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A lot has changed in the last thirty years.
I remember back in the 80’s when Madonna’s song, Material Girl highlighted excessive consumerism.
Today, according to Seth Godin, we are living in an ADHD world where focusing on one task at a time is almost impossible.
What doesn’t help is a lifestyle where our working week has gone from 9 to 5 to more 5 to 9. We are literally drowning in information, and we’ve set upon ourselves an expectation to get everything done NOW.
How can we stop this madness?
To keep up with it all, we believed that multitasking could boost our productivity, but research as alerted us to the fact that it’s just the opposite.
Research conducted at Stanford University found that multitasking is less productive than doing a single thing at a time. The researchers also found that people who are regularly bombarded with several streams of electronic information cannot pay attention, recall information, or switch from one job to another as well as those who complete one task at a time. It’s the switch tasking that’s the big no no.
Why? It’s because our brains must adjust to the new task so we waste time in picking up from where we left off.
Travis Bradberry from TalentSmart wrote an article in Forbes that shows that multitasking can even be harmful.
The Connection between Multitasking & Brain Damage
“It was long believed that cognitive impairment from multitasking was temporary, but new research suggests otherwise. Researchers at the University of Sussex in the UK compared the amount of time people spend on multiple devices (such as texting while watching TV) to MRI scans of their brains. They found that high multitaskers had less brain density in the anterior cingulate cortex, a region responsible for empathy as well as cognitive and emotional control.
While more research is needed to determine if multitasking is physically damaging the brain (versus existing brain damage that predisposes people to multitask), it’s clear that multitasking has negative effects. Neuroscientist Kep Kee Loh, the study’s lead author, explained the implications: I feel that it is important to create an awareness that the way we are interacting with the devices might be changing the way we think and these changes might be occurring at the level of brain structure.”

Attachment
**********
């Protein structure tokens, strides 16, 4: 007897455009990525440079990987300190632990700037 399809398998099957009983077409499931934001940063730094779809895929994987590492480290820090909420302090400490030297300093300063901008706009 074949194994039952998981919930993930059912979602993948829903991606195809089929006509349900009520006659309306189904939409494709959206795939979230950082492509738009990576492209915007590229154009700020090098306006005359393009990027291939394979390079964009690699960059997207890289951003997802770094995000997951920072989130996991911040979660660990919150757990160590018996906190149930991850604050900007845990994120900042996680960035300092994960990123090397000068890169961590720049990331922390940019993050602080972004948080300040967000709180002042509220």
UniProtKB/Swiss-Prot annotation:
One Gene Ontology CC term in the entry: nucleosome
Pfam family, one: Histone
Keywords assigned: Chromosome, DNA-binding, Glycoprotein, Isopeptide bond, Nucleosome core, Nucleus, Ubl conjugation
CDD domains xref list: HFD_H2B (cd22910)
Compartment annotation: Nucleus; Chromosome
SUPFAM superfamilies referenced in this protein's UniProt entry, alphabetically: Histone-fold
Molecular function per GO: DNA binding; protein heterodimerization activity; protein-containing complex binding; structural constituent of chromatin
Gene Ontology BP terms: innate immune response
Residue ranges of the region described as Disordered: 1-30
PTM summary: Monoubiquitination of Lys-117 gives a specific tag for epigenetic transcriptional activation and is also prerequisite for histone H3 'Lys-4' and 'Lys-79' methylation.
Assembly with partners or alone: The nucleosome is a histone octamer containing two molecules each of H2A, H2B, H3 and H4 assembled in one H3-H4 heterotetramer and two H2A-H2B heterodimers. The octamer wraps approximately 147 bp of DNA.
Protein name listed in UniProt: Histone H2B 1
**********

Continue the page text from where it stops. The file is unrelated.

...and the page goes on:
We’ve all got up caught in conversations whilst half way through writing a long email, or had colleagues stop by your desk to ask questions which we answer whilst glancing at our smart phone.
How do we fix our lack of focus?
Travis says, “If you’re prone to multitasking, this is not a habit you’ll want to indulge—it clearly slows you down and decreases the quality of your work. Even if it doesn’t cause brain damage, allowing yourself to multitask will fuel any existing difficulties you have with concentration, organisation, and attention to detail.”
Trust the work-life balance research out there. Multitasking has proven to be inefficient because it takes more time to do many tasks at once, as opposed to, doing a task at a time.
If you know of three colleagues that are multitasking to the point of madness, share the suggestions on this post with them.
Fiona Craig is a work-life balance coach, business coach, writer, speaker and buy mum who loves helping women become better at juggling career and family life or to create a better work-life balance by starting a business. Email Fiona at email@example.com or call 0405 433 217 for a FREE 20 minute, Rapid Results Coaching Session.